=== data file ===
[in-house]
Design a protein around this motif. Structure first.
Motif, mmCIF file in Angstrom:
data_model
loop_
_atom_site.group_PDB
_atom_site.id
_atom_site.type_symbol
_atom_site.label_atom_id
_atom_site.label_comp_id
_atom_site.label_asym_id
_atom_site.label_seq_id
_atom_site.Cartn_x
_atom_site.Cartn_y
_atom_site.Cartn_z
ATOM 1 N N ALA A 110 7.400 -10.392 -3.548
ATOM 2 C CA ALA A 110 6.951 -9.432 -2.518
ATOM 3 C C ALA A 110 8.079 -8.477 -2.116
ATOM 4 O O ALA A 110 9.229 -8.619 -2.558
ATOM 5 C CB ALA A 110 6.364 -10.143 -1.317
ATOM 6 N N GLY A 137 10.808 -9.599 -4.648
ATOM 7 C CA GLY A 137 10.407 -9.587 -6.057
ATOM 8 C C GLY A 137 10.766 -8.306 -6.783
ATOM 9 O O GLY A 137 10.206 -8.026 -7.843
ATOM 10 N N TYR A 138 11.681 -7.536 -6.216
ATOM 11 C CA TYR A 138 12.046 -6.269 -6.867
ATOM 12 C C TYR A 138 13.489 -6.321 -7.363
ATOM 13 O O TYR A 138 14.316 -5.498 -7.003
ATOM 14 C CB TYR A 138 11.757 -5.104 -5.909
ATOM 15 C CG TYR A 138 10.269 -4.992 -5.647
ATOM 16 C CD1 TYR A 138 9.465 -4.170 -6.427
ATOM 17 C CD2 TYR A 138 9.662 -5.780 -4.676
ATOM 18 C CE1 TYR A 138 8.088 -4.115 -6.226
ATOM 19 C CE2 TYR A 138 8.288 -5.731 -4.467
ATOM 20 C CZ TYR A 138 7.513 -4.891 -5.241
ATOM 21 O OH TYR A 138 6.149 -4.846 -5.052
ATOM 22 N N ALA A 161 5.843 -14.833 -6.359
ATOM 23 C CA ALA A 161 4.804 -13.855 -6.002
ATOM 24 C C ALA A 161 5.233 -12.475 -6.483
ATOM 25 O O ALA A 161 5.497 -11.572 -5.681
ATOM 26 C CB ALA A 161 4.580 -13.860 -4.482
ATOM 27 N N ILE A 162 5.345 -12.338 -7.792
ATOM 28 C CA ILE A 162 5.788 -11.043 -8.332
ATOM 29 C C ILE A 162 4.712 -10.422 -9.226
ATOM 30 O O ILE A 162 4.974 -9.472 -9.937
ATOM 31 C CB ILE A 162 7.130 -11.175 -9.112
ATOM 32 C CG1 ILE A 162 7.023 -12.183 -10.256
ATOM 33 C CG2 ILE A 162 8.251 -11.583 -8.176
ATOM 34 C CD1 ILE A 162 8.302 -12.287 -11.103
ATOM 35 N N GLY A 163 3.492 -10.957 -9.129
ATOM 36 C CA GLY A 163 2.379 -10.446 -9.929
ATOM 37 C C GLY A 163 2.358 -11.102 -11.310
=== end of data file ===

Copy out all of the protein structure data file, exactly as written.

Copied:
[in-house]
Design a protein around this motif. Structure first.
Motif, mmCIF file in Angstrom:
data_model
loop_
_atom_site.group_PDB
_atom_site.id
_atom_site.type_symbol
_atom_site.label_atom_id
_atom_site.label_comp_id
_atom_site.label_asym_id
_atom_site.label_seq_id
_atom_site.Cartn_x
_atom_site.Cartn_y
_atom_site.Cartn_z
ATOM 1 N N ALA A 110 7.400 -10.392 -3.548
ATOM 2 C CA ALA A 110 6.951 -9.432 -2.518
ATOM 3 C C ALA A 110 8.079 -8.477 -2.116
ATOM 4 O O ALA A 110 9.229 -8.619 -2.558
ATOM 5 C CB ALA A 110 6.364 -10.143 -1.317
ATOM 6 N N GLY A 137 10.808 -9.599 -4.648
ATOM 7 C CA GLY A 137 10.407 -9.587 -6.057
ATOM 8 C C GLY A 137 10.766 -8.306 -6.783
ATOM 9 O O GLY A 137 10.206 -8.026 -7.843
ATOM 10 N N TYR A 138 11.681 -7.536 -6.216
ATOM 11 C CA TYR A 138 12.046 -6.269 -6.867
ATOM 12 C C TYR A 138 13.489 -6.321 -7.363
ATOM 13 O O TYR A 138 14.316 -5.498 -7.003
ATOM 14 C CB TYR A 138 11.757 -5.104 -5.909
ATOM 15 C CG TYR A 138 10.269 -4.992 -5.647
ATOM 16 C CD1 TYR A 138 9.465 -4.170 -6.427
ATOM 17 C CD2 TYR A 138 9.662 -5.780 -4.676
ATOM 18 C CE1 TYR A 138 8.088 -4.115 -6.226
ATOM 19 C CE2 TYR A 138 8.288 -5.731 -4.467
ATOM 20 C CZ TYR A 138 7.513 -4.891 -5.241
ATOM 21 O OH TYR A 138 6.149 -4.846 -5.052
ATOM 22 N N ALA A 161 5.843 -14.833 -6.359
ATOM 23 C CA ALA A 161 4.804 -13.855 -6.002
ATOM 24 C C ALA A 161 5.233 -12.475 -6.483
ATOM 25 O O ALA A 161 5.497 -11.572 -5.681
ATOM 26 C CB ALA A 161 4.580 -13.860 -4.482
ATOM 27 N N ILE A 162 5.345 -12.338 -7.792
ATOM 28 C CA ILE A 162 5.788 -11.043 -8.332
ATOM 29 C C ILE A 162 4.712 -10.422 -9.226
ATOM 30 O O ILE A 162 4.974 -9.472 -9.937
ATOM 31 C CB ILE A 162 7.130 -11.175 -9.112
ATOM 32 C CG1 ILE A 162 7.023 -12.183 -10.256
ATOM 33 C CG2 ILE A 162 8.251 -11.583 -8.176
ATOM 34 C CD1 ILE A 162 8.302 -12.287 -11.103
ATOM 35 N N GLY A 163 3.492 -10.957 -9.129
ATOM 36 C CA GLY A 163 2.379 -10.446 -9.929
ATOM 37 C C GLY A 163 2.358 -11.102 -11.310